Global economy continues to cool: is recession imminent?

In this feature, IPC’s chief economist, Shawn DuBravac, summarises the key take aways from the IPC’s May 2023 Economic Outlook

Per IPC’s May 2023 Economic Outlook report, the global economy continues to cool, but not quite as severely as expected at the start of the year. Stronger than expected growth in 2023 will come at the cost of weaker growth in 2024.

Labor markets remain extremely strong, despite the widely held view that recession is imminent. Both the United States and Europe are enjoying record low levels of unemployment. Strong labor markets and solid wage growth are likely to keep inflationary pressures stubbornly high.

IPC’s chief economist, Shawn DuBravac, said: “Consumer confidence fell sharply in the last month, erasing half of the gains since the all-time low levels of June 2022. Business confidence has also been weak. Manufacturers report a subdued outlook in both the US and Europe. Leading economic indicators continue to suggest a high risk of recession this year, even if the timing continues to push later into the year.”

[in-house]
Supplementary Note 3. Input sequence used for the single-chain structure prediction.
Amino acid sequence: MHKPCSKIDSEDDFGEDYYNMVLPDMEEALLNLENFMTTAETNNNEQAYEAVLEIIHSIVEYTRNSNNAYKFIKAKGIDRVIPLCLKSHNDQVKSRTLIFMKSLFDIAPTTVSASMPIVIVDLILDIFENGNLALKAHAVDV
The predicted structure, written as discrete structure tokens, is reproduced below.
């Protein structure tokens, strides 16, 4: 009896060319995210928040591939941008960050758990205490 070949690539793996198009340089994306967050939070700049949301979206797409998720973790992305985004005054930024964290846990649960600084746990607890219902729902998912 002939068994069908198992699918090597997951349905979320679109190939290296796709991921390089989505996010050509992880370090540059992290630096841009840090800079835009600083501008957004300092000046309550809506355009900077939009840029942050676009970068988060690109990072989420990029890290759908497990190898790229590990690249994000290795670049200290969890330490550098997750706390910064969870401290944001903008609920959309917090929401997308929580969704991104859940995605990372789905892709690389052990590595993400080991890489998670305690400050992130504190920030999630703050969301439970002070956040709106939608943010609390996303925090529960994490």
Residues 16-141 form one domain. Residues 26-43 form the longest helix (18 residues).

Additional data in the Outlook show:

• US consumer sentiment fell in May, declining nearly seven per cent. The debate over the debt ceiling likely contributed to some of this decline

• US manufacturing sentiment contracted for the fifth consecutive month in April. The manufacturing PMI rose 0.8 percentage points in the last month, but not enough to move back into expansionary territory

• The European economy grew during the first quarter of the year, edging up 0.1 per cent in the euro area and up 0.2 percent in the EU

• Electronics manufacturing output fell in March, decreasing a sharp 5.9 per cent from the prior month and 1.7 per cent from the year-ago period